When the economy takes a downturn, businesses often get into trouble and fall behind on mortgage payments. This is known as “defaulting” on a mortgage. The lender then typically begins foreclosure proceedings in order to sell the property and claim repayment of the loan. Commercial foreclosures are conducted using one of two procedures; either judicial or non-judicial. How a particular foreclosure is handled depends on the law of the state where the property is located and the language and terms of the mortgage document. There are five financial issues that every plaintiff must consider before trying to resolve a commercial foreclosure action.
Looking at commercial foreclosure cases in New Jersey shows that clients are either uninformed or indifferent to the consequences of ignoring these issues.
Sheriff’s Fees In New Jersey
As a commercial foreclosure action is nearing completion, many plaintiffs grow impatient with the process that was actually designed for residential matters. Therefore, when a foreclosure is nearing its end, many plaintiffs urge counsel to obtain a sheriff’s sale date as soon as possible. That may be the best course of action in a particular circumstance, however, a patient plaintiff can avoid substantial and unnecessary sheriff’s fees in these circumstances.
Realty Transfer Fee In New Jersey
If a commercial foreclosure settlement results in the plaintiff taking title to the property, the plaintiff must be cognizant of liability for realty transfer fees. Upon the recording of a deed in New Jersey, a realty transfer fee must be remitted based on the amount of consideration paid for the property.
Mansion Tax In New Jersey
As per the realty transfer fee statutes, the “fee for the transfer of certain real property is independently known as “mansion tax.” The mansion tax is 1% of the entire consideration for the purchase of certain types of property if the price exceeds $1 million. The mansion tax applies to the transfer of property classified as Class 2 (residential) and Class 4A (commercial), in addition to certain other types of property specified in the statute.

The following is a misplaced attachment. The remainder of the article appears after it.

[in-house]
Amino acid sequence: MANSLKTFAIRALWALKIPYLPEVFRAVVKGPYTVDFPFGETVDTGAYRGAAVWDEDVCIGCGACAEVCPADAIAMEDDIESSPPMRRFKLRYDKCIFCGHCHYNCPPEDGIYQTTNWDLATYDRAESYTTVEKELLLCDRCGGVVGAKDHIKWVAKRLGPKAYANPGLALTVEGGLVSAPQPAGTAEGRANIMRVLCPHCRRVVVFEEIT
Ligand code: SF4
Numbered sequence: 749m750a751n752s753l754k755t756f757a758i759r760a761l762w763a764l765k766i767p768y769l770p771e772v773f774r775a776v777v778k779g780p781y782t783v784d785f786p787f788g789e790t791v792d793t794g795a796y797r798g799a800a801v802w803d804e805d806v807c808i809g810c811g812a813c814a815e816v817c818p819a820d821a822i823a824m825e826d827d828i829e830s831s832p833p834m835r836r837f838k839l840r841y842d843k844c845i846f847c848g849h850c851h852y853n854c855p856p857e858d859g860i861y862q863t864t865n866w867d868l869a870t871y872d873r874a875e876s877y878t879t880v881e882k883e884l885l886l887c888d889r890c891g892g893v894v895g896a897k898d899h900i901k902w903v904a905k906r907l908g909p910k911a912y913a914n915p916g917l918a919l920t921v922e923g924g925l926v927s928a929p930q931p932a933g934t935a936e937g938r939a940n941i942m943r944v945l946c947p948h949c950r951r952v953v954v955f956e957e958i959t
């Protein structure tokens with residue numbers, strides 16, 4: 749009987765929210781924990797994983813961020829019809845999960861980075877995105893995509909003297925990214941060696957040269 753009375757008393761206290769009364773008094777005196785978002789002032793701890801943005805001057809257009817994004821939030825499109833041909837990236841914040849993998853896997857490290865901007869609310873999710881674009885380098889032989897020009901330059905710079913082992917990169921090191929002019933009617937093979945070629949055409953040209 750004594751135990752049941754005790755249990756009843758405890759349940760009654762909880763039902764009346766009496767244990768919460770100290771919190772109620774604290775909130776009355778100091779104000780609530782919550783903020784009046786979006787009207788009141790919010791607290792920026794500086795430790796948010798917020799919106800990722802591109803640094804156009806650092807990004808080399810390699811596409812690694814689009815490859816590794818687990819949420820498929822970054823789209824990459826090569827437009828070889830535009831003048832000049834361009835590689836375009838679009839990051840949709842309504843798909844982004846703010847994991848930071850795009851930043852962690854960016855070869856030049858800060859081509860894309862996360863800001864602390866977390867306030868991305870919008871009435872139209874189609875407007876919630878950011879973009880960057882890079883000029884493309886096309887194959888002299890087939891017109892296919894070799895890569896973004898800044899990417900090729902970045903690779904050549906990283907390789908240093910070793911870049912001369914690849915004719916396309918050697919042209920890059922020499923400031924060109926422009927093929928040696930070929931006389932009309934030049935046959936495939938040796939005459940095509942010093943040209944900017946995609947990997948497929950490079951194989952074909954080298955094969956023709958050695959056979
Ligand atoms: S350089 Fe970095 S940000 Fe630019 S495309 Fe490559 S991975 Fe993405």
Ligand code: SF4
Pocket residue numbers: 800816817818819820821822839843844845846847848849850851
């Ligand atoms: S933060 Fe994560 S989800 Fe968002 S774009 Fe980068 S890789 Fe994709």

Bulk Sales In New Jersey
If a business makes a sale in bulk of any part or the whole of the business’s assets the transaction is subject to New Jersey’s Bulk Sale Law. The law requires the purchaser of the business’s assets to provide certain notice to the Division of Taxation at least 10 business days in advance of the transaction. If taxes are owed, the Division of Taxation will advise the purchaser of a required escrow that must be established with funds withheld from the purchase price, pending resolution of the tax deficiency. If the purchaser fails to provide the Division of Taxation with the proper notice of a bulk sale, or fails to establish an escrow account upon request, the purchaser will be jointly liable for the payment of all of the seller’s tax deficiency.
Tax Implications of A Commercial Foreclosure Settlement In New Jersey
A plaintiff negotiating the settlement of a foreclosure action should be mindful of the tax implications for the borrower of settling recourse versus non-recourse loans. With non-recourse debt, a sheriff’s sale is treated for tax purposes as a sale of the property to the lender in exchange for the outstanding balance of the debt. The borrower may have a capital gain or loss based on the difference between the amount of the debt and the adjusted basis of the property.
Therefore before attempting to resolve a commercial foreclosure action, a plaintiff should be aware of the potential fees and taxes that are entailed therein. Proper planning can oftentimes help to avoid significant liabilities. Contact an experienced foreclosure defense firm such as Patel & Soltis, LLC. today.
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